Although the National Council finally endorsed the Central Committee elected at the previous year’s elections, it became quite apparent that Easterners were still bitter with the results and hence their continuation of the Umodzi Ku M’mawa slogan.
Umodzi Ku M’mawa movement
It was then that the self-proclaimed “master planner” and “expert fault-finder,” Mongu businessman Pardon Katongo, decided to do something to neutralise the activities of the Umodzi Ku M’mawa movement.
To this end, Katongo formed a three-man committee consisting of him as chairman and two members from the Eastern Province. The latter had been condemned as “outcasts” by the Umodzi Ku M’mawa group for aligning themselves with the Bembas.
Operating from a house in Lusaka’s Lilanda Township, Mr Katongo’s committee, which operated as an undergroup group, was charged with the responsibility of “sniffing” for any juicy scandals involving leaders known to be against Kapwepwe as Vice-President.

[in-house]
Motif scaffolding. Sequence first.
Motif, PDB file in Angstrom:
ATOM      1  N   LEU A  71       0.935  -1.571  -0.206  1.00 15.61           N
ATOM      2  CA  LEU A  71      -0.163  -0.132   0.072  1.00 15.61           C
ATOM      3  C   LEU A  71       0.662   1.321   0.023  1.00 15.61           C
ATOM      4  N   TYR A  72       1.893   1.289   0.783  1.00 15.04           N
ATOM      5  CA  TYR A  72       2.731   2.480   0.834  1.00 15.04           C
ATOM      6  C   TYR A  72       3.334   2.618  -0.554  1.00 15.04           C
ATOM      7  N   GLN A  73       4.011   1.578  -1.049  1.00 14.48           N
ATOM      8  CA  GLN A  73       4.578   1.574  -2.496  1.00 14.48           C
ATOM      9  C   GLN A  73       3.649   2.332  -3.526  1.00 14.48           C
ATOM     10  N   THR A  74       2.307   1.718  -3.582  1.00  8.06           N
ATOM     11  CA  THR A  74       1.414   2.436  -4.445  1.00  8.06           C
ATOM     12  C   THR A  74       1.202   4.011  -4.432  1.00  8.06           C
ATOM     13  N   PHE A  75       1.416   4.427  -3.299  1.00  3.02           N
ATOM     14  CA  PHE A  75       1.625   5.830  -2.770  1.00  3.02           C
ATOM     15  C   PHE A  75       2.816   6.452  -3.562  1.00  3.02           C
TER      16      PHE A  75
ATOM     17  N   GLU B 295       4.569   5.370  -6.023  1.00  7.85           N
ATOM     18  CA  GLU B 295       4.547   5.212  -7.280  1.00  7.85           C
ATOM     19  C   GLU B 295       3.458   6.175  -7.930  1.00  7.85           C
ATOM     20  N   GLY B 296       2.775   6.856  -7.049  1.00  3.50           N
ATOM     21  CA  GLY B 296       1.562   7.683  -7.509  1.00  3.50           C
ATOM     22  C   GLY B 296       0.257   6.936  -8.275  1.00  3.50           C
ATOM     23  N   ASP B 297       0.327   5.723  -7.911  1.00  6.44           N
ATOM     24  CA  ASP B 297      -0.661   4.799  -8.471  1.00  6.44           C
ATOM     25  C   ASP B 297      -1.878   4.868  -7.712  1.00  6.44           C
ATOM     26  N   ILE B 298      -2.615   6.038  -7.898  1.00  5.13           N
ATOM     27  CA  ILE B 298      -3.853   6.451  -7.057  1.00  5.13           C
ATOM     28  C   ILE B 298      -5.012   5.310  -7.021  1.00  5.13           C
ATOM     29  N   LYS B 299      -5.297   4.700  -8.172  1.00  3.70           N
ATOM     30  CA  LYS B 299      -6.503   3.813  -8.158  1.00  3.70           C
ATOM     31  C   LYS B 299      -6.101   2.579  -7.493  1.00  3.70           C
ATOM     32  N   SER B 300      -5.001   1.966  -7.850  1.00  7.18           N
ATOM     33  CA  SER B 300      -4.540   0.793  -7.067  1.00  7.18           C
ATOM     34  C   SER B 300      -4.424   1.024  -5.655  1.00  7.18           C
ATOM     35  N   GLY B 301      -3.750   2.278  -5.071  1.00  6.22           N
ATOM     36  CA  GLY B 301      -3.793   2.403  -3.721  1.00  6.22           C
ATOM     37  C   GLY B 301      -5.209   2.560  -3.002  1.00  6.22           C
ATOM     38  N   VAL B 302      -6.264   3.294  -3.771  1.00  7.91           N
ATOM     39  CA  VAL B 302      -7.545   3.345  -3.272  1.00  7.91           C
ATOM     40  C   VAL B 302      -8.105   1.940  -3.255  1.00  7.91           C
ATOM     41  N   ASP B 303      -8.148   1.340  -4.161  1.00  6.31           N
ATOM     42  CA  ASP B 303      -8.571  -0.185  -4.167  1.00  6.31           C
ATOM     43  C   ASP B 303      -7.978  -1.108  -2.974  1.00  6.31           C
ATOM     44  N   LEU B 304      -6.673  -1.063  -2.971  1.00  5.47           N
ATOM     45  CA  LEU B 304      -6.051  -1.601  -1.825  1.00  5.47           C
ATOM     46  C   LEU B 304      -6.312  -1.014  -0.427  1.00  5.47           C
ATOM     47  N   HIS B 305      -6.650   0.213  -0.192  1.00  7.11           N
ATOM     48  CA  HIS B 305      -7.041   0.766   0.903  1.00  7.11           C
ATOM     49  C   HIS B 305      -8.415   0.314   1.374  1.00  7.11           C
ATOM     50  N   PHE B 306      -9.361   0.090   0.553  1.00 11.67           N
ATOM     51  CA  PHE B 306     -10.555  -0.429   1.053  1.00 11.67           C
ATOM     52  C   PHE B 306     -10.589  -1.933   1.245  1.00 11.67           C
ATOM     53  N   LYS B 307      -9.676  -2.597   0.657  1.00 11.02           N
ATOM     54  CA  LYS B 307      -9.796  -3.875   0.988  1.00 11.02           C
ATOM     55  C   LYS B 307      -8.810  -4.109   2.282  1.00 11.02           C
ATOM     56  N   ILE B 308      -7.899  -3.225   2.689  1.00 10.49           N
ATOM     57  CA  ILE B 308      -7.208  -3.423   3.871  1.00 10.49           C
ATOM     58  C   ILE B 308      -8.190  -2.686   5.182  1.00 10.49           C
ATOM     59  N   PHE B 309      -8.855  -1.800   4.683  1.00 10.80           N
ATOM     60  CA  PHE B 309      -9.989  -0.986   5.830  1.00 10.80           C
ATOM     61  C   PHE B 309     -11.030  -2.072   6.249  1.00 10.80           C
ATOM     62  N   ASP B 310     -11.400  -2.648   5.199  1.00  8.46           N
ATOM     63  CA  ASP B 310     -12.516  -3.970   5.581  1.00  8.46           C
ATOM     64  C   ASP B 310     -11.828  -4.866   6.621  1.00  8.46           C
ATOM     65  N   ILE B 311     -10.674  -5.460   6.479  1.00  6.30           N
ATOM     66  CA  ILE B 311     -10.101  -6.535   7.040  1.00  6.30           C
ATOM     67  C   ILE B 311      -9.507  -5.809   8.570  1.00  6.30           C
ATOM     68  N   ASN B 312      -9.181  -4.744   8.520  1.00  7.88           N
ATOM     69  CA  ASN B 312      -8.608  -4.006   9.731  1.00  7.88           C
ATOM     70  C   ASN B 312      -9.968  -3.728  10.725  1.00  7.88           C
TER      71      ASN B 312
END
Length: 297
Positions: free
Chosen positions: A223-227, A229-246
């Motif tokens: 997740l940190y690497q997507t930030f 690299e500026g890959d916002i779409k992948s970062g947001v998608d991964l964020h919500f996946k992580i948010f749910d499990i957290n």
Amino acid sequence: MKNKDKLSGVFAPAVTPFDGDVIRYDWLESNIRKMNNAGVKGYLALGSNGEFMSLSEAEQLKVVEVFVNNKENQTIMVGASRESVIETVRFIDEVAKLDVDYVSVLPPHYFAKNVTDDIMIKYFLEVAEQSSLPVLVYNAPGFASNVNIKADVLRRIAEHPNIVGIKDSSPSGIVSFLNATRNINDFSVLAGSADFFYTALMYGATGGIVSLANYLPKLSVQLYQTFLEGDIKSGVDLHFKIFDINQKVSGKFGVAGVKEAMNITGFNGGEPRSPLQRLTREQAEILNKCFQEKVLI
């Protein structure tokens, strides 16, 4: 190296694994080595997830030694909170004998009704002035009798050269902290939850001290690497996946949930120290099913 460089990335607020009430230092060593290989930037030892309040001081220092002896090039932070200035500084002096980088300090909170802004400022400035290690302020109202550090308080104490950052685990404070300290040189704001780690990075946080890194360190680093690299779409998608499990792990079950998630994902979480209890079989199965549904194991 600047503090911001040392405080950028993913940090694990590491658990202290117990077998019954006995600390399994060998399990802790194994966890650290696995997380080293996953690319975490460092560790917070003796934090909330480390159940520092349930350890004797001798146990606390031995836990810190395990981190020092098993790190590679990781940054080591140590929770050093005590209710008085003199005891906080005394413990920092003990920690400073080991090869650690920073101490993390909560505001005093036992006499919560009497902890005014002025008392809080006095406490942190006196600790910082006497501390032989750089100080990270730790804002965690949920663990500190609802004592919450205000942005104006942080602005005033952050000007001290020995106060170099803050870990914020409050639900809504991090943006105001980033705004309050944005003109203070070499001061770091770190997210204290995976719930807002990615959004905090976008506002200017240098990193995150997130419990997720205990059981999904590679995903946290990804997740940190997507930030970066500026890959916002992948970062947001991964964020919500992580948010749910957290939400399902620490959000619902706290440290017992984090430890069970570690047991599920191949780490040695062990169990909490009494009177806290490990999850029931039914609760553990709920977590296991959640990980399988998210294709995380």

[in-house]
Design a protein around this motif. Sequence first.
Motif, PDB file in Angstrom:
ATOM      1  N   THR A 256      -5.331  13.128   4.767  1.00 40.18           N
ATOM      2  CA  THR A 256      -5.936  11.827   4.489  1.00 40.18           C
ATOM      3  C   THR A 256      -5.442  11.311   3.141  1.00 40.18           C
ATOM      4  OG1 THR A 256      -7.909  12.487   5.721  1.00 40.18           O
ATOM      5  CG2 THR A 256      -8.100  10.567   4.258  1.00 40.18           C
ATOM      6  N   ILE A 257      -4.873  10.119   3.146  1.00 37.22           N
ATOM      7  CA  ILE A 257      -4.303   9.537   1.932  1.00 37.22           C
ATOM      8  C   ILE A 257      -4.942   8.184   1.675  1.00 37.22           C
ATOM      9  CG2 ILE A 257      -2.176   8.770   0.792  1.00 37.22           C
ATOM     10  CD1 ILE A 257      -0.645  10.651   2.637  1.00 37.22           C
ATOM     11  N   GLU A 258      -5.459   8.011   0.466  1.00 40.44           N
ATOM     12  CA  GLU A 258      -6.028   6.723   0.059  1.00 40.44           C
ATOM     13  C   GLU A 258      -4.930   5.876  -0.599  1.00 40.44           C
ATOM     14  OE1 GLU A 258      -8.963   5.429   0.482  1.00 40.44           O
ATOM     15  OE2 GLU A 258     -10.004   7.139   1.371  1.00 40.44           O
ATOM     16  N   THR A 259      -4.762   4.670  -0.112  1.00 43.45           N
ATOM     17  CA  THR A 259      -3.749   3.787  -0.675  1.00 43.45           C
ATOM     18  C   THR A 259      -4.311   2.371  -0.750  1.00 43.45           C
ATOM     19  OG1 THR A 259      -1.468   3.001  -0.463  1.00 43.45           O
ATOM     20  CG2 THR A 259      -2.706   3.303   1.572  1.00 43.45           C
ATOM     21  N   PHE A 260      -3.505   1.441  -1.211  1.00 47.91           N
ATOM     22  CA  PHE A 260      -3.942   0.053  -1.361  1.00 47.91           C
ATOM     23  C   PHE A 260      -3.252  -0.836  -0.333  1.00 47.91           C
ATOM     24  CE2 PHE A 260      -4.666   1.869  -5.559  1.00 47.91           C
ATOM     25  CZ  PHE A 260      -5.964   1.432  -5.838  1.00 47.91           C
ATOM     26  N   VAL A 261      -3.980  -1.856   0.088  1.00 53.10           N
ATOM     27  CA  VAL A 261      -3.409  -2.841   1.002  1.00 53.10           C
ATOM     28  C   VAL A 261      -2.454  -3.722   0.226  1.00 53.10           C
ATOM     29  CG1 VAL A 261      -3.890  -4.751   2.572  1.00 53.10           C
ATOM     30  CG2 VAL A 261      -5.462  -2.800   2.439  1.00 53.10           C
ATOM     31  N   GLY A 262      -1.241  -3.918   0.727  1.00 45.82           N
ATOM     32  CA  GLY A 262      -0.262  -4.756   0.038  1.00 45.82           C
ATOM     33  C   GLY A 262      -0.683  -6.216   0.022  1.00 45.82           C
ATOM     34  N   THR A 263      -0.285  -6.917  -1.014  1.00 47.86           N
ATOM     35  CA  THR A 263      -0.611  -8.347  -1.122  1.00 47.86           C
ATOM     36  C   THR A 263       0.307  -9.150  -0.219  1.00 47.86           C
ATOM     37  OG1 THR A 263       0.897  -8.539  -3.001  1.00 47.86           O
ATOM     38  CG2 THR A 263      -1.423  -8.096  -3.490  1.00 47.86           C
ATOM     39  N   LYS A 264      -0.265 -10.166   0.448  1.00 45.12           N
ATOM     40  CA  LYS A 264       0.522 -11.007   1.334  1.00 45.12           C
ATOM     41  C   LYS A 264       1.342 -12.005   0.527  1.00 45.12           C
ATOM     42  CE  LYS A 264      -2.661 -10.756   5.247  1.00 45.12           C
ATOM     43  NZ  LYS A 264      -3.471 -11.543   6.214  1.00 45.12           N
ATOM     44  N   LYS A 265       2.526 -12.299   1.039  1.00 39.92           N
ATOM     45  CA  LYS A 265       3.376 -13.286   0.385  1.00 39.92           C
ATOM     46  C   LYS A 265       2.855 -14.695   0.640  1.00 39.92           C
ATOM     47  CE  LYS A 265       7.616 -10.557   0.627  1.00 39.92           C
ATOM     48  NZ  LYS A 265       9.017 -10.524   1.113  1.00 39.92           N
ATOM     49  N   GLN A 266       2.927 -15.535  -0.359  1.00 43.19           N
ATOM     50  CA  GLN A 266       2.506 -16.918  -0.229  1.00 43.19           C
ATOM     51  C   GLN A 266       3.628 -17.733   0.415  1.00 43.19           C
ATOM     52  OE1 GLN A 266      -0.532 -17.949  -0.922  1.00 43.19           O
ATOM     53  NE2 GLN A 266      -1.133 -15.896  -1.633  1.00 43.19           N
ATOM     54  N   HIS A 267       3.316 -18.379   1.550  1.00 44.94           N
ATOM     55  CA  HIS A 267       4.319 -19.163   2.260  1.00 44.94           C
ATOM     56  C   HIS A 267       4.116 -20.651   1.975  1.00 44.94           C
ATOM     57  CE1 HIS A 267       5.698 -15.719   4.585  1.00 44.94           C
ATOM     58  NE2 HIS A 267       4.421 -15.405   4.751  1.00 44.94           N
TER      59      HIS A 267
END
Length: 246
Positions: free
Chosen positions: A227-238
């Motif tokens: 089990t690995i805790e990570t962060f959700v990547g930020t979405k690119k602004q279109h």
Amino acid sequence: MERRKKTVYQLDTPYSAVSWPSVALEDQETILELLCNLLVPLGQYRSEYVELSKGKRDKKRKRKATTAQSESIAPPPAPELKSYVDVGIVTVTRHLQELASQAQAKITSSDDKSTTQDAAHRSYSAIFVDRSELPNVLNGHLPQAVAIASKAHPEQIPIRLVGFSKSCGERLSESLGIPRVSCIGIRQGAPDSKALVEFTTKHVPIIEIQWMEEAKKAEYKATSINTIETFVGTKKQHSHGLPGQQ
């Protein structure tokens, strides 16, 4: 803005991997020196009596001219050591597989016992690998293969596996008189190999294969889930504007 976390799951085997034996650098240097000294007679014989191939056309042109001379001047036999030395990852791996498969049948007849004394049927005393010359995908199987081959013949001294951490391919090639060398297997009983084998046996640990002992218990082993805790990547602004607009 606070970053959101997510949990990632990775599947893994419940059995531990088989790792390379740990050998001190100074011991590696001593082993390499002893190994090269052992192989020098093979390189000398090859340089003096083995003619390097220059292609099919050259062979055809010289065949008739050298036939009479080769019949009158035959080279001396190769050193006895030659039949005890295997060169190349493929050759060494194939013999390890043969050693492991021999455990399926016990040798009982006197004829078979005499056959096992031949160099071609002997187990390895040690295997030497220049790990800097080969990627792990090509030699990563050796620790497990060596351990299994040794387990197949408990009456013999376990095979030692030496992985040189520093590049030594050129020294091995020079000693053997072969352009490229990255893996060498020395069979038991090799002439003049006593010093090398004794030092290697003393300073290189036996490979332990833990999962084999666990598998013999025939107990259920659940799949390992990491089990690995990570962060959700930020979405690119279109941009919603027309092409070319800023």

This entailed preparing anonymous circulars for distribution to influential people in the country. It was arranged that the circulars would be posted from various parts of the country to create an impression that Kapwepwe enjoyed nationwide support.
“Since we did not have our own people to type these circulars, we made arrangements with some trusted government typists to do the work for us. We would give them our draft copies and they would type them for us on stencils at a nominal fee.
“We used government date stamps to post the circulars to various parts of the country, including chiefs in the rural areas and other influential people. Members of parliament received their circulars through their pigeon holes at the National Assembly.”
One of the first circulars was one pertaining to an allegation that one of the senior cabinet ministers hailing from the Eastern Province had a love affair with a white woman and that the Zambian government had paid a lot of money to the woman as compensation in order to cover up the scandal.
The author is a Lusaka-based media consultant, recipient of the 1978 Best News Reporter of the Year Award and a former diplomat in South Africa and Botswana. For comments, sms 0977425827/0967146485 or email: firstname.lastname@example.org.